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Re: st: 1-4 scale


From   Richard Williams <richardwilliams.ndu@gmail.com>
To   statalist@hsphsun2.harvard.edu, statalist@hsphsun2.harvard.edu
Subject   Re: st: 1-4 scale
Date   Sun, 05 Aug 2012 12:52:00 -0500

At 10:57 AM 8/5/2012, David Hoaglin wrote:
Dear Ebru,

People often analyze data from Likert scales as equally spaced, so you
can use each of the eight items in your model as a numerical variable,
with values 1 to 4.  You simply need to be aware that you are treating
the four categories as equally spaced.

It is a debatable practice though. Consider the following (warm has 4 values):

use "http://www.indiana.edu/~jslsoc/stata/spex_data/ordwarm2.dta";, clear
reg warm yr89 male white age ed prst
rvfplot

According to the reference manual discussion of rvfplot, "In a well-fitted model, there should be no pattern to the residuals plotted against the fitted values...Any pattern whatsoever indicates a violation of the least-squares assumptions."

Clearly, there is a pattern in the above rvfplot, i.e. you get 4 parallel straight lines. Further, it isn't unique to this example; any 4 category dependent variable will show the same thing.

In fairness, if your dependent variable had 17 possible values, you would have 17 straight lines -- but your eye probably wouldn't detect that because everything would seem so cluttered. There is probably some point where there are enough possible values that violations of OLS assumptions aren't important, but I would be hesitant to say that point is met with a DV that only has 4 categories.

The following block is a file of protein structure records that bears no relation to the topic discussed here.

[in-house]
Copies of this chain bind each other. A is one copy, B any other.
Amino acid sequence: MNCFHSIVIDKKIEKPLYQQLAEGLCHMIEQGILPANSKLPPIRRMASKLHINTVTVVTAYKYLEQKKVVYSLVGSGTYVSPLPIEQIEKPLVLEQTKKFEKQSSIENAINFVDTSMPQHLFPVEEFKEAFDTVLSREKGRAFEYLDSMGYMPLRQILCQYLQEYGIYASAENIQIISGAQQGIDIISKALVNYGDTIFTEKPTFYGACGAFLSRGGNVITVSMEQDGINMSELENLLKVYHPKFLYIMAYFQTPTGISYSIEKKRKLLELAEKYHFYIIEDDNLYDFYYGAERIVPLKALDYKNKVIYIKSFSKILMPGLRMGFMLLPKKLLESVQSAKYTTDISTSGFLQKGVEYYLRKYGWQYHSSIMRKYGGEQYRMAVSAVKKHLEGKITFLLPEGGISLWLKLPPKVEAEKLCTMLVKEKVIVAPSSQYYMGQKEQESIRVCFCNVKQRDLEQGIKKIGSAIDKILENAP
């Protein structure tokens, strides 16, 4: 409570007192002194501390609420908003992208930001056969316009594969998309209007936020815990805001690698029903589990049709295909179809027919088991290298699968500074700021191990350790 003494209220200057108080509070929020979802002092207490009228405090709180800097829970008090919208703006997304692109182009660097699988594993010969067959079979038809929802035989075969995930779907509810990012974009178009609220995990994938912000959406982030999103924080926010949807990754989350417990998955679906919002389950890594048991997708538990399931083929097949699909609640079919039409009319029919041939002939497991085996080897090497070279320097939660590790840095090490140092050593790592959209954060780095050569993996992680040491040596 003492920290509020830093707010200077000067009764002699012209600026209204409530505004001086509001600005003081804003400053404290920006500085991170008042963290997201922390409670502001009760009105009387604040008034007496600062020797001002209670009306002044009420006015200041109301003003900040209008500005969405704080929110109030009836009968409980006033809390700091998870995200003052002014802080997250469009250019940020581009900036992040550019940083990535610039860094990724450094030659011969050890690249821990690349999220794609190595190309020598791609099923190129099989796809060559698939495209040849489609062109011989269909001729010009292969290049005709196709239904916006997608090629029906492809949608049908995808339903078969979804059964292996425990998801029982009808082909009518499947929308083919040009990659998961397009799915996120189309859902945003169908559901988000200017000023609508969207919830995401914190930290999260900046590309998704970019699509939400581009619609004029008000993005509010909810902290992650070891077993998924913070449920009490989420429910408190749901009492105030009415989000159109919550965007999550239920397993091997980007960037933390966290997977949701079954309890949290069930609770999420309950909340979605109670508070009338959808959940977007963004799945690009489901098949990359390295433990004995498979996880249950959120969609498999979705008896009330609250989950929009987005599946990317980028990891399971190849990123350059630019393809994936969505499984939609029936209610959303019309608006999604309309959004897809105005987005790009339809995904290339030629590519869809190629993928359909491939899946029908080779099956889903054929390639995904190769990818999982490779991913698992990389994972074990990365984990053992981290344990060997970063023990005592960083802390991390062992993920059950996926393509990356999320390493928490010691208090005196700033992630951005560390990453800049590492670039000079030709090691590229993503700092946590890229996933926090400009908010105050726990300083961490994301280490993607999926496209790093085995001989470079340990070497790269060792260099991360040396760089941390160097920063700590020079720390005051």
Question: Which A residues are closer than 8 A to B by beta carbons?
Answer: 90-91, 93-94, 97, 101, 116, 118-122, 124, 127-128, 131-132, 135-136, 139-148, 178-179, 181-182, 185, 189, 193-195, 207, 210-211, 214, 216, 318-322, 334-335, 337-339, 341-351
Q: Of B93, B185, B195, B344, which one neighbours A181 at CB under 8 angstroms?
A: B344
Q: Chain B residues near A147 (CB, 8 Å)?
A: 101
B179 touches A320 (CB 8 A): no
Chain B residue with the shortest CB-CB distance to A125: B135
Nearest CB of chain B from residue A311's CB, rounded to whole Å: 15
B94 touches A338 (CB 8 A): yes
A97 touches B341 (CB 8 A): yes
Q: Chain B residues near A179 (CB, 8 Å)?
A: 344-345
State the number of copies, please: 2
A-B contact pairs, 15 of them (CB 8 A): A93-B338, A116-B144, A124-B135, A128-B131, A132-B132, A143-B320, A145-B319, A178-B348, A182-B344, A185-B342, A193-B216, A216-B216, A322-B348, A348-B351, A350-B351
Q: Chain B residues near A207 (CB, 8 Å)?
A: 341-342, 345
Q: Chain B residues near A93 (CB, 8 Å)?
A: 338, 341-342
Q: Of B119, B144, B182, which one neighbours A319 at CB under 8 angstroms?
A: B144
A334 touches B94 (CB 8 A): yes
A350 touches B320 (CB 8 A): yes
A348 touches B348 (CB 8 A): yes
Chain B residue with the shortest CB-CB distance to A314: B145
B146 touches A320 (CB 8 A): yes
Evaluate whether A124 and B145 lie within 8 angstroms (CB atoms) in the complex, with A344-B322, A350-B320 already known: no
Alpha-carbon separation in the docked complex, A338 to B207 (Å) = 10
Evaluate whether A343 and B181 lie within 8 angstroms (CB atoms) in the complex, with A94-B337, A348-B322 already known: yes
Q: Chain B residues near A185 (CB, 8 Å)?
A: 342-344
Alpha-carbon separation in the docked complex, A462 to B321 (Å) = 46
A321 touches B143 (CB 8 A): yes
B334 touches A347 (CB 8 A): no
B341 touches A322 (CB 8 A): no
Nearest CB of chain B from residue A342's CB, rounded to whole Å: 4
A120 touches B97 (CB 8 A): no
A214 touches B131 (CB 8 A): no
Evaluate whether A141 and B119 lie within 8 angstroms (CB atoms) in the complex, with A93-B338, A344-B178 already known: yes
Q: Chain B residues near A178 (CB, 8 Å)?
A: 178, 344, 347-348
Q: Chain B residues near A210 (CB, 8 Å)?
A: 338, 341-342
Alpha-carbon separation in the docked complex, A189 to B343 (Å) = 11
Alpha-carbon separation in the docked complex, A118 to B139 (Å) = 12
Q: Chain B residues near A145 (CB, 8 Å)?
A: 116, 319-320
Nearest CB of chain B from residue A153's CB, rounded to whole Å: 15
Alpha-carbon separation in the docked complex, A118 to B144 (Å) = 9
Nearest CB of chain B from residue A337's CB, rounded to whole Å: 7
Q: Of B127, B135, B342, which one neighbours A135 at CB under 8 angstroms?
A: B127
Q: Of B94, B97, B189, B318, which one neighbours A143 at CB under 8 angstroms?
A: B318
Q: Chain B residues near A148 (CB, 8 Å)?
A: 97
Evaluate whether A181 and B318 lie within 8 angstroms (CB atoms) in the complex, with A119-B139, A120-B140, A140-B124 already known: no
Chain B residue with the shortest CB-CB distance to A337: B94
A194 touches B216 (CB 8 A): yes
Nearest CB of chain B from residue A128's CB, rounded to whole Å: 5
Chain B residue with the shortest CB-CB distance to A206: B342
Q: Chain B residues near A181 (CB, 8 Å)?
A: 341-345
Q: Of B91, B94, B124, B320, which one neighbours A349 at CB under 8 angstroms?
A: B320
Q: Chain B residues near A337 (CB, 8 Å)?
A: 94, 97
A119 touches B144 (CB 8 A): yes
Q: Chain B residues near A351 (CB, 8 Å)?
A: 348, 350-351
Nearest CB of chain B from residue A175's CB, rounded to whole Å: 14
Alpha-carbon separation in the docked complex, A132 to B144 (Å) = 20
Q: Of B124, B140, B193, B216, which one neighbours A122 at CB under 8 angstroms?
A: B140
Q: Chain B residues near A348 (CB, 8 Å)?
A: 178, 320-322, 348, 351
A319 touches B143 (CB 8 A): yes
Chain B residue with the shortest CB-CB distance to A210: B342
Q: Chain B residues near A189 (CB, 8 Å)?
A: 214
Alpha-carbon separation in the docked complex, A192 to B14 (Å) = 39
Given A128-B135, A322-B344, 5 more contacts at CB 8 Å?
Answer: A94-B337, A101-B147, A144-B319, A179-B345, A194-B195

Earlier you asked about centering those variables.  Centering will do
no harm.  As far as the model is concerned, it affects only the
definition of the intercept.  If you do decide to "center" the
variables, you may want to use one of the four values.  If the data on
an item are not concentrated at one end, you could use 2 or 3 or
perhaps 2.5 as the centering constant.  (In a 5-point Likert scale
with a neutral category at 3, using 3 would often be a reasonable
choice.)

When you have the results from the model with the eight separate
items, you may want to see whether the coefficients for the four items
within a heading are similar.  If they are, and it makes sense, you
could consider replacing those four items with their sum (or average)
--- a composite score.

David Hoaglin

On Sun, Aug 5, 2012 at 2:35 AM, Ebru Ozturk <ebru_0512@hotmail.com> wrote:
> Dear David,
>
> I use tobit estimation. If I enter each item (8) in the question (objectives of innovation) into the model without changing their values, leaving them as they are (1 to 4), does it work? Because sometimes tobit can create problems if it has many variables in the model.

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Richard Williams, Notre Dame Dept of Sociology
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